words that say Thurston County

FAQs

FAQ - About My Property

What is the difference between "legal lot" and "taxable lot"?

A legal lot is a parcel of land developed through laws in effect at the time of the original subdivision. The criteria to determine the legal status of a lot is specified in section 18.04.045 of Title18 of the Thurston County Code.

The determination of legal lot status is accomplished through a legal lot determination, which carries a fee. Land Use and Environmental Review staff members are responsible for researching the deed history and making a determination.

 If a parcel of land is determined not to have been created legally, the owner may be eligible to apply for building or other permits if the criteria for determining innocent purchaser status is met to the satisfaction of Permit Assistance Center staff. Click here to see an information bulletin and application form on innocent purchaser status (SA 029). To speak with a Permit Assistance Center staff member on this subject, call (360) 786-5490 ext. 0.

A taxable lot is a parcel which appears on the Thurston County Assessor's map and has been assigned a tax parcel number by the Assessor. Tax parcel numbers are assigned for billing purposes. A tax parcel number is not necessarily an indication that the lot was legally created.

What is the zoning on my property and what does it mean?

Properties are zoned within communities to ensure that different types of development are properly situated relative to each other and that there are adequate setbacks, open space, parking, and landscaping for each type of development. Click here to find out how your property is zoned.

If your building site is within 500 feet of any lands zoned for long-term agriculture, long-term forestry or mining, you will be notified and asked to sign a resource notification form before receiving a building permit. This form states that you are aware of possible negative impacts to your property resulting from the activities allowed on these resource lands.

What are the setbacks for my property?

It depends on how your property is zoned and the type of structure you are building.  Once you know your zoning code, go to Title 20 of Thurston County Code (or Titles 21, 22 or 23 for the Lacey, Tumwater and Olympia Urban Growth Areas, respectively). Click on your zoning type and scroll down to "design standards" or "development standards."  Note: Setback requirements are also referred to as "yard" requirements.

Are there limits for how much land can be covered by structures?

Yes, and those limits are defined in the zoning code and the Shoreline Master Program (the more protective applies).  Please follow the instructions for identifying setbacks (above).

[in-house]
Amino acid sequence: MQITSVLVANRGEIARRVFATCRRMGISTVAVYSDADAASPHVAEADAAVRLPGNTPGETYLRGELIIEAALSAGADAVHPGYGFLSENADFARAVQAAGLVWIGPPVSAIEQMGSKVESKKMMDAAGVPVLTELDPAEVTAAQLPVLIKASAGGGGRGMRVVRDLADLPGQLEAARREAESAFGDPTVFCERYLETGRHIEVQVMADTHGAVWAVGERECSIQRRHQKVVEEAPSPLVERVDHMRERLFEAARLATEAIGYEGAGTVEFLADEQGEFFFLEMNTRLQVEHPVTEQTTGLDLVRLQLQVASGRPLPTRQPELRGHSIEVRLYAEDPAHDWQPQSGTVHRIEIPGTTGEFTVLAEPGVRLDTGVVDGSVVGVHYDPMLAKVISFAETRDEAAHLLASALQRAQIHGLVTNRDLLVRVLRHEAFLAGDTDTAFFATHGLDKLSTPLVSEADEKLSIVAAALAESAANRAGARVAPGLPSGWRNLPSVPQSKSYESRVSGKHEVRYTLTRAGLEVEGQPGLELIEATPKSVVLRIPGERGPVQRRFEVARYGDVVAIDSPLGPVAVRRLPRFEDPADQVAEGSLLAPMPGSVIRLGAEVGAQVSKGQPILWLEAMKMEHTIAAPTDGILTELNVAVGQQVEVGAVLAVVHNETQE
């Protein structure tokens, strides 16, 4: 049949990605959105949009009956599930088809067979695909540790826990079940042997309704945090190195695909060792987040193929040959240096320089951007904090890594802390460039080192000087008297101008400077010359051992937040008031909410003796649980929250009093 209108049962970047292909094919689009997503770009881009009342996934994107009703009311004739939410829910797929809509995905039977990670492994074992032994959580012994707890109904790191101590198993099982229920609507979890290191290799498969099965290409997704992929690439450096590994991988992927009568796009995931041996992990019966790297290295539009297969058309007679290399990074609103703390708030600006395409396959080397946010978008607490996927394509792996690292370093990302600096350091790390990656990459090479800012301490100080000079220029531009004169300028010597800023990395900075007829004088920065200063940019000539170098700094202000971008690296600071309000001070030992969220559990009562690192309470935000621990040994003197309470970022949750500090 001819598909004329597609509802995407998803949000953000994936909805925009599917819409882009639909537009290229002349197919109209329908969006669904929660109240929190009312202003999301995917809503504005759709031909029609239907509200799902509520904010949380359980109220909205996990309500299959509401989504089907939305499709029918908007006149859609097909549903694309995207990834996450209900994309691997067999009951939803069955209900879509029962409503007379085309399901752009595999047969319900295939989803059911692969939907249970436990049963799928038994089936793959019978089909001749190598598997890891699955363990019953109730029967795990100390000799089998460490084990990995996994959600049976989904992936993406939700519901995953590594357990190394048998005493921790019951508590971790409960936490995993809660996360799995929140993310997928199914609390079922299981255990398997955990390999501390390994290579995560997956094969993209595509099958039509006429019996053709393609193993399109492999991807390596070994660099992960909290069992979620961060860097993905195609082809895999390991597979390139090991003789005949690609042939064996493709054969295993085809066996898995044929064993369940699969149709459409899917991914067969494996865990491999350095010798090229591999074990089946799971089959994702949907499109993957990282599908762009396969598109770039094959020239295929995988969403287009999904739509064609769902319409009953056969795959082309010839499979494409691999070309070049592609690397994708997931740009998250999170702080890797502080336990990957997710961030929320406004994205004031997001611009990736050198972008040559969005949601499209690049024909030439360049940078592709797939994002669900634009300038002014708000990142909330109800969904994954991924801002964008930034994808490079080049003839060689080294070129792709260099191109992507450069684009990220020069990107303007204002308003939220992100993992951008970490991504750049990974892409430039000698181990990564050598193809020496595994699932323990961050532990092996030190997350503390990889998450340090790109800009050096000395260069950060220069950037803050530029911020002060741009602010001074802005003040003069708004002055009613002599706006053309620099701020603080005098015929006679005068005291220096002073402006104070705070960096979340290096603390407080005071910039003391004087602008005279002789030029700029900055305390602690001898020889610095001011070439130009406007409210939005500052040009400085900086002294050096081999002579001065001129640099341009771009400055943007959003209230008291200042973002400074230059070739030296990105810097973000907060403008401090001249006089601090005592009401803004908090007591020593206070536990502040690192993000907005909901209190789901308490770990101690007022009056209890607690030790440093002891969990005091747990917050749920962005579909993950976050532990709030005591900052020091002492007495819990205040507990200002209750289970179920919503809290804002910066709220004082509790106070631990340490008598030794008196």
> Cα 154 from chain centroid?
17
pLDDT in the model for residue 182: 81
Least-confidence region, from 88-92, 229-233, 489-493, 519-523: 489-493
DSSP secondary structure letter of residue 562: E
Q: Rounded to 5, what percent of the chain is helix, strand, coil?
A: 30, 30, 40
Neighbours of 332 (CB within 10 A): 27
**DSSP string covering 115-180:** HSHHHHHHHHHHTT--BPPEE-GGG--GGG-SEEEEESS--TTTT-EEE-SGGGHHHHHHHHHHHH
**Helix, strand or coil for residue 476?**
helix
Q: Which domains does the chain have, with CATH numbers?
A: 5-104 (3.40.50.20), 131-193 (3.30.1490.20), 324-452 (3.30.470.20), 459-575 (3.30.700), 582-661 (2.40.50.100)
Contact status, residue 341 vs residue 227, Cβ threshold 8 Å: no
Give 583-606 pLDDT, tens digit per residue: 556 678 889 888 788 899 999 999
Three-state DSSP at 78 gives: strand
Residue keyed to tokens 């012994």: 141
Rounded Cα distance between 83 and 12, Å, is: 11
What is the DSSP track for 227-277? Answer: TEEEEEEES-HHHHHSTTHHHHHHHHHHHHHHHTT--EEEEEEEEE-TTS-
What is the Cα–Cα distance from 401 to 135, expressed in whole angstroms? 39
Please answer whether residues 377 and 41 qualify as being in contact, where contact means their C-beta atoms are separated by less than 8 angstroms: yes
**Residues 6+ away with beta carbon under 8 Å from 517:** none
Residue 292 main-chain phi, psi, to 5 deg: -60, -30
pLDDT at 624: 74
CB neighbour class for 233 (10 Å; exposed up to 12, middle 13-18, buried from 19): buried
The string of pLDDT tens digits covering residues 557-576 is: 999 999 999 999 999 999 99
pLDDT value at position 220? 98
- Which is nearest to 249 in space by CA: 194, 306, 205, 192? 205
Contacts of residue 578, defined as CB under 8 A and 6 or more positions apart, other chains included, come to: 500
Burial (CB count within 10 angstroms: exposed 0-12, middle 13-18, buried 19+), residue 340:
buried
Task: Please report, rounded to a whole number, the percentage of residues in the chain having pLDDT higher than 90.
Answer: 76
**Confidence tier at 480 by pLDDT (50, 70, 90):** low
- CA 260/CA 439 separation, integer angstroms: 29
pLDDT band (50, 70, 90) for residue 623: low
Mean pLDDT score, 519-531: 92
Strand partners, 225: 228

Where can I find information about minimum lot sizes in Thurston County?

Minimum lot sizes are determined by how property is zoned.  Once you know your zoning code, go to Title 20 of Thurston County Code (or Titles 21, 22 or 23 for the Lacey, Tumwater and Olympia Urban Growth Areas, respectively). Click on your zoning type and scroll down to "design standards" or "development standards."  If you live along a river, stream or marine waterbody, minimum lot sizes will also be spelled out in the Shoreline Master Program  (the more protective applies).

Can my lot be subdivided?

Subdivision of property is a complicated process that requires a presubmission conference.  Whether your lot may be subdivided depends on the total acreage, as well and the minimum lot size acre mandated by your property's zoning code.  Please contact our Permit Assistance Center to talk to a staff person about how to proceed. Click here for an application and information bulletin (SA 026).

What can I build on my property?

Development on a specific property is determined by its zoning. Once you know your zoning code, go to Title 20 of Thurston County Code (or Titles 21, 22 or 23 for the Lacey, Tumwater and Olympia Urban Growth Areas, respectively). Click on your zoning type and scroll down to "Primary Uses" or "Permitted Uses."

Can I build an accessory dwelling unit or an accessory living quarters on my property?

There are two different types of accessory uses that serve as dwelling units, and each has its own criteria for permitting:

 Accessory Dwelling Units (ADUs, also referred to as a mother-in-law apartments) are generally allowed in most residential zones within the urban growth areas of Lacey, Olympia and Tumwater, but are very limited in unincorporated Thurston County.

Family Member Units are generally allowed in most residential zones within unincorporated Thurston County, but not in the urban growth areas of Lacey, Olympia and Tumwater.  Family Member Units are temporary mobile/manufactured or modular homes that house a family member.

The first step is to know your zoning and lot size. Contact the Permit Assistance Center and we'll be happy to help.

How can I find property records?

The Permit Assistance Center maintains records for unincorporated Thurston County only. Please visit our request for information page.  Also see the quick-tools bar on our home page to get property information online (hover over the icons for a description).

How can I change boundary lines?

Customers need to fill out an application for a boundary line adjustment.  Click here for the applications and an information bulletin (SA 023).

How do I get an address assigned to my property?

Click here to find out how to get an address.

Contact Us

Please click here for contact information.

 

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